Jump to content


  • Content Count

  • Joined

  • Last visited

Profile Information

  • Gender
  • Location
    Crowmarsh Gifford, UK

Recent Profile Visitors

476 profile views
  1. Because the algae needs light to grow, I would have expected the green to be nearer the top of the waterline and not at all on the underside of the hull. Like this shot of the QM2. http://www.dailymail.co.uk/news/article-2575169/Adrift-sea-Extraordinary-photos-captain-Queen-Mary-II-standing-largest-ocean-liner-world.html#i-b8cc0eab
  2. Nothing more at the moment, I'm afraid - it's a long time since I sat through a seminar on historic glass! Sorry. Rob
  3. Hi Druxey. Superb model, which I have been following avidly. I think cylinder glass in some form was available much earlier than the early 20th century. Many Georgian and Victorian houses over here have quite large panes of glass in them. I look after this building: https://en.m.wikipedia.org/wiki/Claremont_(country_house),where the original glass panes are substantial. I'd be happy to measure some for you, if it would help. This website: http://www.sashwindowslondon.org.uk/info/history-of-glass-manufacture.html has a potted history of glass referencing cylinder glass, polished plate glass, etc as available at the time of the Greenwich barge. Best wishes Rob
  4. Do they fit the Byrnes saw without adaptation?
  5. Thanks for the answer QAR. Having had a look on the site they don't seem to have the fine-kerf slitting blades I tend to wear out most often. Best wishes Rob
  6. Does anyone know of a UK supplier of blades suitable for the Byrnes table saw? Alternatively has anyone got an alternative adaptor bush to suit what is available this side of the pond? Rob
  7. The SCORE blocks are the ones carrying the main lifting load of the derrick, so will need to be strong. Maybe the reference is for the material: steel cored perhaps? Standard blocks are wooden and therefore not labelled specifically. I also note that the SCORE blocks are drawn much bigger on the drawing than the others, even if the indicated size is the same. Rob
  8. Thanks Johann. I've been following your longboat as well! Much better than mine, especially at a significantly smaller scale. On mine I'm still struggling to get the cherry planks to hold their bends well enough not to spring up and leave gaps, particularly at the front end. Not that I've had any time to devote to it for the past few months.... Best wishes Rob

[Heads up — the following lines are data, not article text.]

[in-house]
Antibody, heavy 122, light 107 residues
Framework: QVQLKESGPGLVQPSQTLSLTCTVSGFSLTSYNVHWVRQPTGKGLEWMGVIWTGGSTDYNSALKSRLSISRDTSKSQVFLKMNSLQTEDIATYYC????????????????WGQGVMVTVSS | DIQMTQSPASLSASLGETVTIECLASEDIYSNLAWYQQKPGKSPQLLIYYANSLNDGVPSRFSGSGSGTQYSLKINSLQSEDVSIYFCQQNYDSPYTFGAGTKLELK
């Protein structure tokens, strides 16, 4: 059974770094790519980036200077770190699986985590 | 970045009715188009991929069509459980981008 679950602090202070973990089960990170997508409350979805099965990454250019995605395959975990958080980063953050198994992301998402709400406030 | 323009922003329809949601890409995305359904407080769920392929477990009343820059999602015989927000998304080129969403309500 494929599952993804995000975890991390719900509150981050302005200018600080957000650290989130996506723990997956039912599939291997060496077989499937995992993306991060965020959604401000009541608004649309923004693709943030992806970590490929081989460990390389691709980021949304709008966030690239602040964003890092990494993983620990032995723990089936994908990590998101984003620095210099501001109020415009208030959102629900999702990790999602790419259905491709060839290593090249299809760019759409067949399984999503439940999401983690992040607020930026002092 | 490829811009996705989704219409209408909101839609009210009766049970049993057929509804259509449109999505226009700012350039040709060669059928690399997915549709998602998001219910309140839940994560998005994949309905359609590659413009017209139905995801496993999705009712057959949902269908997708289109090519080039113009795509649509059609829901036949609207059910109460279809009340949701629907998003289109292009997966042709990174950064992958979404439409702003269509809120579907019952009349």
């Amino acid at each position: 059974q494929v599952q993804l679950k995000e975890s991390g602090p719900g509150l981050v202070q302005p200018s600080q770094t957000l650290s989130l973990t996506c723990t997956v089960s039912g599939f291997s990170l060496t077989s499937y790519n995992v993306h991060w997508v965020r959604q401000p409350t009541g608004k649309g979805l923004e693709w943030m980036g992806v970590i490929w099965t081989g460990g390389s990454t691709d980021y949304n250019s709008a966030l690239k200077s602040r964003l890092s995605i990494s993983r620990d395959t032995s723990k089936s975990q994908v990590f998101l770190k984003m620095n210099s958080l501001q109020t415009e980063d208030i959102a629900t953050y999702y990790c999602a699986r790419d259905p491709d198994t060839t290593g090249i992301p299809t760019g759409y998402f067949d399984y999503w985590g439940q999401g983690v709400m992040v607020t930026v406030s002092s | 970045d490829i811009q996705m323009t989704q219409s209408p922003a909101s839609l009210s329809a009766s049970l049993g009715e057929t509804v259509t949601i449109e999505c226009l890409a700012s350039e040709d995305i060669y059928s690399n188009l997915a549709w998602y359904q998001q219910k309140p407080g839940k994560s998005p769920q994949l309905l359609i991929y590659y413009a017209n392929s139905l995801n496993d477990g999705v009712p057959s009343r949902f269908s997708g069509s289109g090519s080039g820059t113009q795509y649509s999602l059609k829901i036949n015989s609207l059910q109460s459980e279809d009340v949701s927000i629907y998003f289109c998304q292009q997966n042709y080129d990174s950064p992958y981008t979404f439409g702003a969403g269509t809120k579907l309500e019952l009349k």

9. Redshirt said: I'm confused too. What is Swiss pear, if it's not pearwood?
  10. I won the MSW Byrnes Saw a couple of years ago and I'm very pleased with it. I didn't like being hit with the import duties, but I think the basic purchase price was less than normal, so the overall cost was not as bad as it could have been. I did feel a bit swizzed (by our Customs) because, even though I had paid less than full price, the import duties were calculated based on the full list price. In fact it did occur to me that what I had in fact paid was a donation to MSW. The saw was free, so why should I pay any taxes at all?! Any US/UK customs officers got any comments?
  11. I think you might find this interesting: http://www.bbc.co.uk/news/world-us-canada-29131757.
  12. Funnily enough the same sword was found in Scotland as well: http://www.bbc.co.uk/news/uk-scotland-15366336. I'm afraid it's a spoof.

About us

Modelshipworld - Advancing Ship Modeling through Research

SSL Secured

Your security is important for us so this Website is SSL-Secured

NRG Mailing Address

Nautical Research Guild
237 South Lincoln Street
Westmont IL, 60559-1917

About the NRG

If you enjoy building ship models that are historically accurate as well as beautiful, then The Nautical Research Guild (NRG) is just right for you.

The Guild is a non-profit educational organization whose mission is to “Advance Ship Modeling Through Research”. We provide support to our members in their efforts to raise the quality of their model ships.

The Nautical Research Guild has published our world-renowned quarterly magazine, The Nautical Research Journal, since 1955. The pages of the Journal are full of articles by accomplished ship modelers who show you how they create those exquisite details on their models, and by maritime historians who show you the correct details to build. The Journal is available in both print and digital editions. Go to the NRG web site (www.thenrg.org) to download a complimentary digital copy of the Journal. The NRG also publishes plan sets, books and compilations of back issues of the Journal and the former Ships in Scale and Model Ship Builder magazines.

Our Emblem

Modelshipworld - Advancing Ship Modeling through Research
  • Create New...